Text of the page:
The West German town of Bruggen, 55 miles (88 km) south of Dusseldorf, celebrated its 700th anniversary on Saturday (2 June) by granting the freedom of the city to a British Army unit which has been stationed in the town for 21 years.
SV Bruggen Freedom of the City sign
SV PAN General Tuzo
GV Guard of honour presents arms as Gen. Tuzo salutes
SV VIPs inspect guard of honour
SV Brugermaster presents freedom of the city with scroll and banner
CU Banner PULL BACK to monks leading procession
SV Crowd around store
SV Swordsmen in parade
SV TILT UP local groups in traditional dress
SV Crowd on roadside watch maidens and women in traditional dress (3 shots)
SV Crowd on roadside PAN to local leaders
Initials ES. 2.23 ES. 2.40
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Background: The West German town of Bruggen, 55 miles (88 km) south of Dusseldorf, celebrated its 700th anniversary on Saturday (2 June) by granting the freedom of the city to a British Army unit which has been stationed in the town for 21 years.
The Commander-in-Chief of the British Army of the Rhine (BAOR) General Sir Harry Tuzo, took the salute at the ceremony honouring 3 Base Ammunition and Petroleum Depot, Royal Army Ordnance Corps (RAOC).
It is the first RAOC unit to be granted the freedom of the city in a foreign country. The honour bestows on the unit the right to march through the town with swords drawn and bayonets fixed -- as if ready for battle -- and with bands playing. The honour has been traditionally coveted by the British Army.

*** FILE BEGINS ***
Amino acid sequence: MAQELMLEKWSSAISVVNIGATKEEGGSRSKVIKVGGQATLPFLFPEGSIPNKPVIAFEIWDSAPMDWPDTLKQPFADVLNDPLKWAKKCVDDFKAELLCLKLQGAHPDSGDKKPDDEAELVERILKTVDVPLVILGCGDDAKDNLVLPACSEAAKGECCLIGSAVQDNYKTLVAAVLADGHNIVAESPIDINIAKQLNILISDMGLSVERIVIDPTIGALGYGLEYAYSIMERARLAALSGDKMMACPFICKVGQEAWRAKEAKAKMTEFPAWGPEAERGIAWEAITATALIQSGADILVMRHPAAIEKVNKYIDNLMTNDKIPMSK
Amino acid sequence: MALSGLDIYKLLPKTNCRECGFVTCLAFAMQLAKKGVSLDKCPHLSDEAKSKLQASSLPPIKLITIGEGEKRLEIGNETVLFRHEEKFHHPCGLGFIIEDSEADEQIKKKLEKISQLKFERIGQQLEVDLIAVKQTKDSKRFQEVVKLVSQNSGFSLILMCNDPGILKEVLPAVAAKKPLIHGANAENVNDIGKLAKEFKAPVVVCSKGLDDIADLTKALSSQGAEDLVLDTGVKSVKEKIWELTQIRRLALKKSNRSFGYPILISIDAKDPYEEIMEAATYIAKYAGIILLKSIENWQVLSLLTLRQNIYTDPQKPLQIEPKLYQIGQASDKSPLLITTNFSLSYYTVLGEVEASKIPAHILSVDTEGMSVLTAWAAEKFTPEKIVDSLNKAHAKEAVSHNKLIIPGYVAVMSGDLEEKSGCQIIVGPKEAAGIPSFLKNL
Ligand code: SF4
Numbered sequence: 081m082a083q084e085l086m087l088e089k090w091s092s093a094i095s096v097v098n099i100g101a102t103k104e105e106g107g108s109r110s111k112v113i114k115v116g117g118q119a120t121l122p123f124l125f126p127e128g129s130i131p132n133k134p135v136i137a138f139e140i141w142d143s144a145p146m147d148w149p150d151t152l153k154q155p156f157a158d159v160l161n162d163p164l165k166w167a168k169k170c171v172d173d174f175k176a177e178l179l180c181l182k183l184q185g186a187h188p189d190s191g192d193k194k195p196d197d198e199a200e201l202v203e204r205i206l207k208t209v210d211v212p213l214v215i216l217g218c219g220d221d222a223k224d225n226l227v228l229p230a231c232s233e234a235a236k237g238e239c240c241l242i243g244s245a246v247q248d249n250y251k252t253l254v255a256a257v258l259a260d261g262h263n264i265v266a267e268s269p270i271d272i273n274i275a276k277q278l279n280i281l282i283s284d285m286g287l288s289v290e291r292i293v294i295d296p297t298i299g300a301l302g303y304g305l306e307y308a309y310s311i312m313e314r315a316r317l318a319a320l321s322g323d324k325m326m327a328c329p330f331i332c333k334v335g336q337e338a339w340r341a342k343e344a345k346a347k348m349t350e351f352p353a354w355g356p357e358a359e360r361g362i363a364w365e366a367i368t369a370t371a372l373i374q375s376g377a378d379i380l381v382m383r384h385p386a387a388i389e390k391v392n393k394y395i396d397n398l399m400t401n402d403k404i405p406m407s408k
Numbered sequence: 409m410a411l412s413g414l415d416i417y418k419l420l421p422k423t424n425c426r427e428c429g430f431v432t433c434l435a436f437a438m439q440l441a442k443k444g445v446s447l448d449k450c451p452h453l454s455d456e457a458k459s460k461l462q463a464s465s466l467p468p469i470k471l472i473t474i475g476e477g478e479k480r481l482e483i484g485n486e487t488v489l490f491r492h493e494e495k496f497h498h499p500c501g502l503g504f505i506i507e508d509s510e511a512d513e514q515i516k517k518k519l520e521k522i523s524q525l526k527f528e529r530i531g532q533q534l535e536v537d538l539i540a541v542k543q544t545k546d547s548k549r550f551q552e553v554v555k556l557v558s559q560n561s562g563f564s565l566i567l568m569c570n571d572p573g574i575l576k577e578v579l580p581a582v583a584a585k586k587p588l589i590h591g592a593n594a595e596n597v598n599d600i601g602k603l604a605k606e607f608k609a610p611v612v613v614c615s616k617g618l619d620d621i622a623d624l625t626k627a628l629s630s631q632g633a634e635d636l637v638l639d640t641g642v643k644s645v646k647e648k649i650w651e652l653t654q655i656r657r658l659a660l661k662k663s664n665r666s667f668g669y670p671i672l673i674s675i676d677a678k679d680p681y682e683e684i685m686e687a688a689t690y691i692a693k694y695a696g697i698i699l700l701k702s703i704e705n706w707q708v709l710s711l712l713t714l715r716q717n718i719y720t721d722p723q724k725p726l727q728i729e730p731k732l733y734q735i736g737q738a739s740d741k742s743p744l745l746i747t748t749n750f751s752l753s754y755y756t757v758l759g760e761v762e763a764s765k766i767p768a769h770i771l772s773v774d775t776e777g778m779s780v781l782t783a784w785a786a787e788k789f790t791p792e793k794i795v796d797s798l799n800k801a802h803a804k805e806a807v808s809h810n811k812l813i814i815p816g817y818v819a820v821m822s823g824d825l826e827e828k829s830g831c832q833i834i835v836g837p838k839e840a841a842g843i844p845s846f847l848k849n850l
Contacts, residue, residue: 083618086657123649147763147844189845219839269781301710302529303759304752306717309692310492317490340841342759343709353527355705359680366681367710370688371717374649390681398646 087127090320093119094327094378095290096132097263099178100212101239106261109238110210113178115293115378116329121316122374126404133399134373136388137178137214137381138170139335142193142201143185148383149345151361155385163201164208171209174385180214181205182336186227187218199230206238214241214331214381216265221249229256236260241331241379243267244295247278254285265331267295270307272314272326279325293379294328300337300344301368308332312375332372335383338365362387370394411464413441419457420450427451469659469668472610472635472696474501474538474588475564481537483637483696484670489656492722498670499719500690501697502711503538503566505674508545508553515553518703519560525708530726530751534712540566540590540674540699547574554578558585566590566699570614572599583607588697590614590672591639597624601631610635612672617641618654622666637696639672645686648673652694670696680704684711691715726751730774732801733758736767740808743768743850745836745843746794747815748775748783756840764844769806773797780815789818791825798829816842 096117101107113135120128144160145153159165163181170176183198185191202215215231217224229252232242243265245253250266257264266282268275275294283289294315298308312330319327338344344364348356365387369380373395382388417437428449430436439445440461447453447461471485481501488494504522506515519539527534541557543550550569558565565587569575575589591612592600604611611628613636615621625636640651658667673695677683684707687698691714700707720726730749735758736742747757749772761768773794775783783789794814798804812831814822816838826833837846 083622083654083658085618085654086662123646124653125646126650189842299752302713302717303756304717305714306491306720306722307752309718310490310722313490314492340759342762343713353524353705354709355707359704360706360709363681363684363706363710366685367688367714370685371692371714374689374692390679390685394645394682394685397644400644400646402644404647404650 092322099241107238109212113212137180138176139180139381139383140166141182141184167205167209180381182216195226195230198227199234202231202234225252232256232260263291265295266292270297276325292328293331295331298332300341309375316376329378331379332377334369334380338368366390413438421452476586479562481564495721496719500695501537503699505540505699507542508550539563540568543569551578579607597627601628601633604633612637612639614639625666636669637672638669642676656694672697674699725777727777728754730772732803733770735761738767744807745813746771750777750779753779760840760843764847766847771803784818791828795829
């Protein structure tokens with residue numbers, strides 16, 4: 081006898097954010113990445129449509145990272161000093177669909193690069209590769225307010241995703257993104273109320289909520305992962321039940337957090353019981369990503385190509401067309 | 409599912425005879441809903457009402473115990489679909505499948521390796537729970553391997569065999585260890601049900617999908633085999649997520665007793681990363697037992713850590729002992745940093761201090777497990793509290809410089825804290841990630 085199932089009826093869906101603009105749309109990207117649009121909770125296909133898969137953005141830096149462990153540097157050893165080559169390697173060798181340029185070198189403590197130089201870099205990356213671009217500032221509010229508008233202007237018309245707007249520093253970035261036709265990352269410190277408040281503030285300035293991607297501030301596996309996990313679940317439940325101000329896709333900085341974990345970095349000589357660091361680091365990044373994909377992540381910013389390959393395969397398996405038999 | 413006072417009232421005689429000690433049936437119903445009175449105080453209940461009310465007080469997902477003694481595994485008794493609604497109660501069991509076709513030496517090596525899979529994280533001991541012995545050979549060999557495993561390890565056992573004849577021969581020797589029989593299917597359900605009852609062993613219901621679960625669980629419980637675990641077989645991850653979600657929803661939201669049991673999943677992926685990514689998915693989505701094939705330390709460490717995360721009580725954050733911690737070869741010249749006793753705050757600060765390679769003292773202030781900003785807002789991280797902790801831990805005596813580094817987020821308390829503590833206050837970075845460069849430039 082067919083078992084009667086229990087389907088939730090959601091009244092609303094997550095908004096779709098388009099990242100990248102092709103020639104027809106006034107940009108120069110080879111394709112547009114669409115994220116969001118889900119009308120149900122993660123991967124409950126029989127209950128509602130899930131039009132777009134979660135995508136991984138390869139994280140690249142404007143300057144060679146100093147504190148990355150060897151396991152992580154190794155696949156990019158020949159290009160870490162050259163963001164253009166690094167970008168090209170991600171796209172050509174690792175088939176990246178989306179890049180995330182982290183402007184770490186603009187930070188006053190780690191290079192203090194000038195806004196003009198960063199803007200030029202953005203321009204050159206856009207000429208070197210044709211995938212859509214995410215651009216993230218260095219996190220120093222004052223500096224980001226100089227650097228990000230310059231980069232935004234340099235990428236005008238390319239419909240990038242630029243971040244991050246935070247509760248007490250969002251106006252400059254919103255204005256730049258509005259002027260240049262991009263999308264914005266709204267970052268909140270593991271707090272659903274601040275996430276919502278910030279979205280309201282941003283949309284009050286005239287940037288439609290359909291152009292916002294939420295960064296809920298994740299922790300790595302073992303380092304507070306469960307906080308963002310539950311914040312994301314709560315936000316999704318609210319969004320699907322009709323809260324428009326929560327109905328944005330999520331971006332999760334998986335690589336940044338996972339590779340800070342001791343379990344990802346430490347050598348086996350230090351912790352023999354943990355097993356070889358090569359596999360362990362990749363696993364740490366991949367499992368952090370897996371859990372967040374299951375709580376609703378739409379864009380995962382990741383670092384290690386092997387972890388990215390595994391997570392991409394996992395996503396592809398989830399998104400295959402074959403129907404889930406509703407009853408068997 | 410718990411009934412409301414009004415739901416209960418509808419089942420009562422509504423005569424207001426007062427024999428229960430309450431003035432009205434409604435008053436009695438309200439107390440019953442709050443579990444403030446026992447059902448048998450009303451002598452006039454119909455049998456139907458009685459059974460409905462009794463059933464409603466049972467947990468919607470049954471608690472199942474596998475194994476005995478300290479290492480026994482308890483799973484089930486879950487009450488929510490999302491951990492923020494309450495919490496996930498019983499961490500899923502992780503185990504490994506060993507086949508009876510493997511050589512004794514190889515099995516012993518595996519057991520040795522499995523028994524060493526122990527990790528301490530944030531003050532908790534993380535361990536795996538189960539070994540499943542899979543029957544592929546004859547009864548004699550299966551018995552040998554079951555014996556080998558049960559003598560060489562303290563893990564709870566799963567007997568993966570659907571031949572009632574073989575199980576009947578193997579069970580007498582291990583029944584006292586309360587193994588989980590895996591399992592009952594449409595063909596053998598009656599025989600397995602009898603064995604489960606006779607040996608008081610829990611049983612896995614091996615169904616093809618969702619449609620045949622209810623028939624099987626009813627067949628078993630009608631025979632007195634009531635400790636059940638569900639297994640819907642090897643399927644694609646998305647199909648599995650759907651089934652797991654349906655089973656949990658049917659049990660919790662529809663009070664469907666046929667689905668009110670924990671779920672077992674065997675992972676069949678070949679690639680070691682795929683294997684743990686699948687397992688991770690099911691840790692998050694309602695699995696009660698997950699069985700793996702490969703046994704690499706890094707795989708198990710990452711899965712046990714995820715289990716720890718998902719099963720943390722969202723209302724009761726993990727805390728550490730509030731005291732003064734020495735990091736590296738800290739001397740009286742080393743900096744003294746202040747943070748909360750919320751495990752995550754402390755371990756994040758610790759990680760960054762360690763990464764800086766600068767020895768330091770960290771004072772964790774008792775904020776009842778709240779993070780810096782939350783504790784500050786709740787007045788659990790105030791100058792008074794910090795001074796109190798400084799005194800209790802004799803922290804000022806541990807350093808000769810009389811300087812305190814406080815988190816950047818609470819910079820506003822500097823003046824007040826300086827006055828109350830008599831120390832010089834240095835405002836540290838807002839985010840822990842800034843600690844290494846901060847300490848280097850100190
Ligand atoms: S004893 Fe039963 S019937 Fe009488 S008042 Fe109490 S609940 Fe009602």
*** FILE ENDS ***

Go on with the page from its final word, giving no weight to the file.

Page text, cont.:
SYNOPSIS: The West German town of Bruggen celebrated its seven hundredth anniversary on Saturday. Gen. Sir Harry Tuzo, Commander-in-Chief of the British Army of the Rhine, was invited to take the salute at a ceremony granting the freedom of the city to one of the units under his command. The Royal Army ordnance Corps' number Three Bass Ammunition and Petroleum Depot received the honour, by virtue of its twenty-one-year association with Bruggen.
The Brugermaster of Bruggen presented a scroll and banner, conferring the freedom of the city on the unit. The honour allows the unit to march through the town with swords drawn and bayonets fixed and bands playing.
The Community Council in Bruggen decided to hold a weekend of festivities to mark its own anniversary, the enlargement of the European Economic Community, and the twenty-one years the British Army unit had been based in the town. It is the first time that a Royal Army Ordnance Corps unit had been granted the freedom of a foreign city.
The local inhabitants took the opportunity to parade in their traditional dress. Also in the parade, traditional costumes from across the nearby Dutch border and from England.
During the two-day festivities, music ranged from an open-air concert given by the Royal Army Ordnance Corps, to a session by a pop group. Novelty competitions were staged, between the local residents, and the English and Dutch visitors. There was dancing, and roast oxen and beer in plenty to fortify the crowds at the celebrations.